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Address M-PHY issues to boost test efficiency

Posted: 14 Oct 2014 ?? ?Print Version ?Bookmark and Share

Keywords:MIPI? M-PHY? oscilloscope? Physical Layer? Conformance Test Suite?

As the industry moves to adopt the MIPI Alliance's M-PHY standard, designers are facing some significant challenges related to oscilloscope measurements and, more specifically, probing. These challenges include strict requirements such as bus termination and input return loss, as well as the need to minimise common mode loading on the device under test (DUT) and signal fidelity requirements such as wide bandwidth, low noise, and high sensitivity.

The intent of this article is to provide information that will increase your chances of accurate and repeatable test results to ensure compliance with the standard. We will first review the requirements of the M-PHY standard relevant to oscilloscope probing, discuss the tests required in the M-PHY Physical Layer Conformance Test Suite (CTS), and provide practical examples of M-PHY probing with currently available oscilloscopes and probes.

M-PHY bus operation/modes
The MIPI M-PHY standard supports different speed modes, high-speed (HS) and lower speed PWM and SYS modes, each with different data rates or GEARs. In HS mode, the official specification is released for GEAR 1 (~1.5 Gb/s), GEAR 2 (~2.9 Gb/s), and GEAR 3 (~5.8 Gb/s).

To increase the likelihood of MIPI M-PHY designs from different manufacturers working when used together, the MIPI Alliance recommends that designs be tested against the M-PHY Physical Layer Conformance Test Suite (CTS). With the development of the GEAR 4 (~11.6 Gb/s) specification proceeding, testing conformance is becoming more of a challenge.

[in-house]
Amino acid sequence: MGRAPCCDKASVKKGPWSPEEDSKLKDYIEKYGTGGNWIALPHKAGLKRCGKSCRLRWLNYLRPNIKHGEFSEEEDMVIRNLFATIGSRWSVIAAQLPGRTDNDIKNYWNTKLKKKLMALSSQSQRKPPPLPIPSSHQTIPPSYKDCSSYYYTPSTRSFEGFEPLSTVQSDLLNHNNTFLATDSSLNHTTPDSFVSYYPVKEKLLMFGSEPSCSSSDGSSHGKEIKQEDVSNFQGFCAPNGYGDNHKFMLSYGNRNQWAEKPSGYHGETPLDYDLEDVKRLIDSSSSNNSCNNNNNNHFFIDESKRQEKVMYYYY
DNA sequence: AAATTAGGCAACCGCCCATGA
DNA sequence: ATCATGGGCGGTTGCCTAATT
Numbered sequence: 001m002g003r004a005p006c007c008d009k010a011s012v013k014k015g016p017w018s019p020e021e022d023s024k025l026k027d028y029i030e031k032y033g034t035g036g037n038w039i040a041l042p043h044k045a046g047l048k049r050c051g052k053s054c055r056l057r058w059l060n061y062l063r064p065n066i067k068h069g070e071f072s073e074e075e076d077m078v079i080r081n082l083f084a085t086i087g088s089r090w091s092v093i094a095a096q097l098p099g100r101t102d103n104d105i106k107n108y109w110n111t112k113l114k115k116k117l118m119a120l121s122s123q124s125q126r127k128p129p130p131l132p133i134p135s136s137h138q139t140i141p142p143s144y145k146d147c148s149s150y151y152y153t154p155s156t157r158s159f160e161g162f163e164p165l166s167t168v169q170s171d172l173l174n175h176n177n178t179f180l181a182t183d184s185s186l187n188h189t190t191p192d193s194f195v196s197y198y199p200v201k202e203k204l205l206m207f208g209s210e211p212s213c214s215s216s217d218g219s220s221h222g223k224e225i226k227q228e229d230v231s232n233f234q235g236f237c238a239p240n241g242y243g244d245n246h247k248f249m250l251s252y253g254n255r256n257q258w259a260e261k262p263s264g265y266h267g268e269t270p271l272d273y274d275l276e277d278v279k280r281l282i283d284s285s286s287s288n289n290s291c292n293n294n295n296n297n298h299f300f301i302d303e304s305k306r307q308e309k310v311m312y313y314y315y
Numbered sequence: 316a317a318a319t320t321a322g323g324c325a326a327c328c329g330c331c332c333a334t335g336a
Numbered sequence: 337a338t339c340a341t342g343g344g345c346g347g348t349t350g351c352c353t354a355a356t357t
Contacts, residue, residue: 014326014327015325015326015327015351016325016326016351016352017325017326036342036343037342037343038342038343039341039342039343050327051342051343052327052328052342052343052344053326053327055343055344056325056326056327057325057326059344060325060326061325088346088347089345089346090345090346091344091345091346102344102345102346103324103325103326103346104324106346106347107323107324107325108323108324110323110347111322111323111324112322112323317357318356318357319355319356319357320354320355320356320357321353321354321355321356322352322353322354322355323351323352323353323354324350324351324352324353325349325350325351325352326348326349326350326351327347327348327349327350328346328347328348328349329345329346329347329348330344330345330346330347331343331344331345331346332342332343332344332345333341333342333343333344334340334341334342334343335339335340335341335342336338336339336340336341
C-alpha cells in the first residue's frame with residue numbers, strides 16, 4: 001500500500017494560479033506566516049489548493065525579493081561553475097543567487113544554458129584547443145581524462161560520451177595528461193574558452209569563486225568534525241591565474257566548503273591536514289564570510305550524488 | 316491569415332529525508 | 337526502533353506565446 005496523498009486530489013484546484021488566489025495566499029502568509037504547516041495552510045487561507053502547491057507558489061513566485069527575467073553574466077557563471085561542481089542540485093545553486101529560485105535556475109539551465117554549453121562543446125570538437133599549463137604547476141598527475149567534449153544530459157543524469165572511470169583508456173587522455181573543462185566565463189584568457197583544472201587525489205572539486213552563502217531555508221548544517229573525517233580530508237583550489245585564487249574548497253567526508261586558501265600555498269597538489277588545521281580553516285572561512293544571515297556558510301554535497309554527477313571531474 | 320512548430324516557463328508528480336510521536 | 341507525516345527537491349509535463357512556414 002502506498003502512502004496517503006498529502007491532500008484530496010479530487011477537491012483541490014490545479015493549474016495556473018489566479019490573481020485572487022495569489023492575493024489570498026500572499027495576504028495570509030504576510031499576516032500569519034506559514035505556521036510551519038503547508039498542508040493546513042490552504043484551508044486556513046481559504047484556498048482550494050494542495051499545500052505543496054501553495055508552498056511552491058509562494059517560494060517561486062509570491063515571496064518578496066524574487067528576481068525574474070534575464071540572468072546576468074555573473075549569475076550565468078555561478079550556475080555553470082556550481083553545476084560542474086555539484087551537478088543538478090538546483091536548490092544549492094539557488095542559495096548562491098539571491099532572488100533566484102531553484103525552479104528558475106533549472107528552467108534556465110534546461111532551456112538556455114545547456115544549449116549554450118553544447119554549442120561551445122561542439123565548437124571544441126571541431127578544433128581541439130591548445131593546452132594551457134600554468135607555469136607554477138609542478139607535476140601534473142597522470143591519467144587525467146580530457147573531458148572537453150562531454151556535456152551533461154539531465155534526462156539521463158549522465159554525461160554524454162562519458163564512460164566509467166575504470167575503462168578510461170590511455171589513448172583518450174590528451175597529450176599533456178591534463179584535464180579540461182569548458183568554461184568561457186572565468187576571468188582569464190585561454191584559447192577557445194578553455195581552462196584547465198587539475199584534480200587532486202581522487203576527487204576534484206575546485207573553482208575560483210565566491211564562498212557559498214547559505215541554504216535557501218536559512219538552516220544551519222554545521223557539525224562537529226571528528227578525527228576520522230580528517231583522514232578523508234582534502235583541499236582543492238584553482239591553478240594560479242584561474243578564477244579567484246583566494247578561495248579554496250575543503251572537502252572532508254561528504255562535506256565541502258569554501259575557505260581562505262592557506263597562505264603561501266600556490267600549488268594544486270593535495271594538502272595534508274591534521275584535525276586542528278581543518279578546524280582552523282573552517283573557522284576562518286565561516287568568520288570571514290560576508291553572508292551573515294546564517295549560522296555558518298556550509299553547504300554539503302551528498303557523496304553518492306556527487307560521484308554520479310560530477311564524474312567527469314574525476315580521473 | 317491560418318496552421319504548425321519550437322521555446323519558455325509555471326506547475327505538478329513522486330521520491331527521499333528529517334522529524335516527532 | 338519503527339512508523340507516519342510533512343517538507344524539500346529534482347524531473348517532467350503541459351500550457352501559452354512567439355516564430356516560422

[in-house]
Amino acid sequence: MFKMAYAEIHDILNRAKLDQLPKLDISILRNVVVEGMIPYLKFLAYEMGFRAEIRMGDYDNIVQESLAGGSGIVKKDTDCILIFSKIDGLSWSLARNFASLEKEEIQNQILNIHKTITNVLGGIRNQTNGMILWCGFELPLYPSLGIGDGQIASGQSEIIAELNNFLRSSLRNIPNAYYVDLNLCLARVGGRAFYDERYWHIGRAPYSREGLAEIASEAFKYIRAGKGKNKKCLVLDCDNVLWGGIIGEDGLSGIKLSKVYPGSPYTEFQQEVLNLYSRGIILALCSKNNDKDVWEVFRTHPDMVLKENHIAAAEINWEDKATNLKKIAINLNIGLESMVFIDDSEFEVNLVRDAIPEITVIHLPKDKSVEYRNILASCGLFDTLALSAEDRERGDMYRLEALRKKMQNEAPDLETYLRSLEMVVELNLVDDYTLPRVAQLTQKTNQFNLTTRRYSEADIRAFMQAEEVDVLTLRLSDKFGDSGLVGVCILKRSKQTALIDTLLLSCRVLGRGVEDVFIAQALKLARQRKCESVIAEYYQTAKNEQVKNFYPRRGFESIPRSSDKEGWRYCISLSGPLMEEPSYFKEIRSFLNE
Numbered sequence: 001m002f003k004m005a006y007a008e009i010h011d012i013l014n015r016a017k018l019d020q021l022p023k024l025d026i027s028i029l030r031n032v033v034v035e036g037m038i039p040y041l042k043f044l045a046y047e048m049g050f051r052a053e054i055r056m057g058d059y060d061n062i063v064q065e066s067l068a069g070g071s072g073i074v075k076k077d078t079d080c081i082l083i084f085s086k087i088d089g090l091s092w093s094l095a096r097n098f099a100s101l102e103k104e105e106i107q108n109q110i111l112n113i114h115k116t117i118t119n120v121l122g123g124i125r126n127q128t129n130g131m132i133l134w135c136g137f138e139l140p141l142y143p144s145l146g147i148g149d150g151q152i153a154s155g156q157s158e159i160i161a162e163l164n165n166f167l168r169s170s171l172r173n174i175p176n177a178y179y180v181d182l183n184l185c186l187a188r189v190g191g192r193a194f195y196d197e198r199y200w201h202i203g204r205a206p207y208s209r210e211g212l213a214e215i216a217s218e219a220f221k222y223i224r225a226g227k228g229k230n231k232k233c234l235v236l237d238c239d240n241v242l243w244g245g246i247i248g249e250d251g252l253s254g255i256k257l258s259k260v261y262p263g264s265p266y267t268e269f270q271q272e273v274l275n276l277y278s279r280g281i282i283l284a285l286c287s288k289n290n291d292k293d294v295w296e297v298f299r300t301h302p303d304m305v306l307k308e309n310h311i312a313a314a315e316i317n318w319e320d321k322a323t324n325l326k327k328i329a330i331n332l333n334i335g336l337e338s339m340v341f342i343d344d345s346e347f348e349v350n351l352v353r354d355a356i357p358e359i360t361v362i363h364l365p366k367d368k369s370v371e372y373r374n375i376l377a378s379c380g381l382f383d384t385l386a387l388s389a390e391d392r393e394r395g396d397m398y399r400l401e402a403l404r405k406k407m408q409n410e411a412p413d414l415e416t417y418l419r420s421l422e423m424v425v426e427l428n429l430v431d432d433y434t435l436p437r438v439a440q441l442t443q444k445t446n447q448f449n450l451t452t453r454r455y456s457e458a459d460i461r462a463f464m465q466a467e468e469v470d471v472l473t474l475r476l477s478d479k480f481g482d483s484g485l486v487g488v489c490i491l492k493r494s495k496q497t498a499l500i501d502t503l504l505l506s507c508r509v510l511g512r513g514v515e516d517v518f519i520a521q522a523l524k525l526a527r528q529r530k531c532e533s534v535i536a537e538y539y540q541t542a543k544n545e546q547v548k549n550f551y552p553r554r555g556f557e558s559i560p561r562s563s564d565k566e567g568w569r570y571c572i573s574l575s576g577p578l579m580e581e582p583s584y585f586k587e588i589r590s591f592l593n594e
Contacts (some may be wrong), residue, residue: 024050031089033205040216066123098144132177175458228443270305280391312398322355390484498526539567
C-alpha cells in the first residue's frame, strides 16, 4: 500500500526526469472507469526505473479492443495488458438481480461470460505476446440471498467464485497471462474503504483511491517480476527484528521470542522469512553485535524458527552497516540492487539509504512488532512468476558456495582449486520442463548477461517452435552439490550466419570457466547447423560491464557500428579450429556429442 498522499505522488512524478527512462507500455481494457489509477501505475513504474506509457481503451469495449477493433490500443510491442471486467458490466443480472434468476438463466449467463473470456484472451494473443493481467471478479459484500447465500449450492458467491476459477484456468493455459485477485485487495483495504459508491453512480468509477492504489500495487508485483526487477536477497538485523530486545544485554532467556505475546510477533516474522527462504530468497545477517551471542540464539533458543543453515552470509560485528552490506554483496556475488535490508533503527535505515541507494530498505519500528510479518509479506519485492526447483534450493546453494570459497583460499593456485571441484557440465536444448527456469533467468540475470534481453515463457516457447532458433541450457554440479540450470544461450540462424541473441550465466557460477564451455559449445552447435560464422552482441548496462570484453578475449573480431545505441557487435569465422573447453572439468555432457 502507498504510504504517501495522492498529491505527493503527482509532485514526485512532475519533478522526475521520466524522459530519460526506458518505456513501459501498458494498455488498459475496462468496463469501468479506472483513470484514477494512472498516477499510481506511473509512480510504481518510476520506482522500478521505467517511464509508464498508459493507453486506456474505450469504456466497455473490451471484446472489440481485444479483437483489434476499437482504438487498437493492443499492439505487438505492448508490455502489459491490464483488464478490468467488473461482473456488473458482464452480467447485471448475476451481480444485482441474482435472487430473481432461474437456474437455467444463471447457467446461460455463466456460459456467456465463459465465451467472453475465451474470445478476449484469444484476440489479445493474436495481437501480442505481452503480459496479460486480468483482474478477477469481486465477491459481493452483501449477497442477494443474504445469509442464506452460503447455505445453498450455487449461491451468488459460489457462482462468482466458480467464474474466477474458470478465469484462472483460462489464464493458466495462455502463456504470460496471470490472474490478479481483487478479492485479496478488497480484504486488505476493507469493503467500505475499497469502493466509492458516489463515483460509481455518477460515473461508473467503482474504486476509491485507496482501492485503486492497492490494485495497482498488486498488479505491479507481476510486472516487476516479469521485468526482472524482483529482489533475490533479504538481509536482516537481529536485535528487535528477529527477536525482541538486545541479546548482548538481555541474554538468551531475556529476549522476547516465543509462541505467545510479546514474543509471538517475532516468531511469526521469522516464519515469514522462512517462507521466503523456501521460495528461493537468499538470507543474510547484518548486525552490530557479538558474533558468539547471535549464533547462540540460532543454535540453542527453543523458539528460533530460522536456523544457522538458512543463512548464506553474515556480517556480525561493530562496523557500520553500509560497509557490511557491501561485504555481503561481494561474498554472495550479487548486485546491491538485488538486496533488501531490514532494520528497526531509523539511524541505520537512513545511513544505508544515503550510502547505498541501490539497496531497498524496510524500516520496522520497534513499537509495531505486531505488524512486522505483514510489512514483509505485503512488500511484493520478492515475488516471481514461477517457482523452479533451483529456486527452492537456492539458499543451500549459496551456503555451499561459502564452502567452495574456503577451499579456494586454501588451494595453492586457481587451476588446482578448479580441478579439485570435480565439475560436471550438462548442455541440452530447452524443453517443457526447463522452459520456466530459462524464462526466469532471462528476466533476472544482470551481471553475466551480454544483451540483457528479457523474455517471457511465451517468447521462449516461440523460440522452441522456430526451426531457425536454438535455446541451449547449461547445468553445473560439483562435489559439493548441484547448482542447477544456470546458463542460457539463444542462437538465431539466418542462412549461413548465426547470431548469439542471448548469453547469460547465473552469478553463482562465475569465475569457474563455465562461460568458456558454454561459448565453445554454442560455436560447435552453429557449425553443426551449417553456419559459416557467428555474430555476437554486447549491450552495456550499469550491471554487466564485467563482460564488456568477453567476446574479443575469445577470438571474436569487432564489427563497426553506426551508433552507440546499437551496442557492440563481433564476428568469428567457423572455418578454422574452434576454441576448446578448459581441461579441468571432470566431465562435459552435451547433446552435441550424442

Unterminated and terminated modes
The voltage measurements specified in the M-PHY standard assume that the bus has a known reference load (RREF in figure 1) connected between the positive (TXDP) and negative (TXDN) outputs of the M-PHY transmitter (M-TX). The reference load varies if the LINE is either not terminated (NT) or resistively terminated (RT). When the LINE is operating in NT mode, RREF_NT is specified as a minimum impedance of 10k次 between the TXDP and TXDN pins. The NT mode is most often used for low-speed communications, since driving a high speed signal into a high impedance transmission line can be challenging.

Figure 1: The voltage measurements specified in the M-PHY standard assume that the bus has a known reference load (RREF in the image) connected between the positive (TXDP) and negative (TXDN) outputs of M-TX.

High speed and terminated mode
When the M-PHY LINE is operating in high speed mode (HS-MODE), it will most likely be terminated to minimise reflections and mimic a receiver connection with a known transmission line impedance. For terminated mode of the LINE, the M-PHY standard defines RREF_RT as a floating 100次 impedance across the TXDP and TXDN pins.

While the M-PHY specification defines both RT and NT states, conformance testing for HS-MODE is typically only defined for RT. Further, the M-PHY CTS only specifies high speed tests in RT mode, stating that high speed data measurements such as jitter on non-terminated signals are typically not practical or even possible.

When needed, non-terminated signals can be measured using either a high impedance active or differential probe. These oscilloscope probes can meet or exceed the specification with 10k次 or higher impedance for signal frequencies that are less than a few MHz. Measuring the LINE in high-speed terminated mode with an oscilloscope requires that either the scope or its probe be as close to the desired 100次 differential termination as possible.

A floating 100次 termination is the ideal, but difficult to realise in practice due to parasitic elements in a design. Therefore, several alternative approaches have been proposed to achieve a nominal 100次 differential termination along with sufficient return loss and high common mode impedance that minimises DC and AC current draw on the transmitter. Table 1 lists the ideal termination and four other practical alternatives.

Table 1: This table lists the ideal termination for M-PHY HS and four other practical alternatives.

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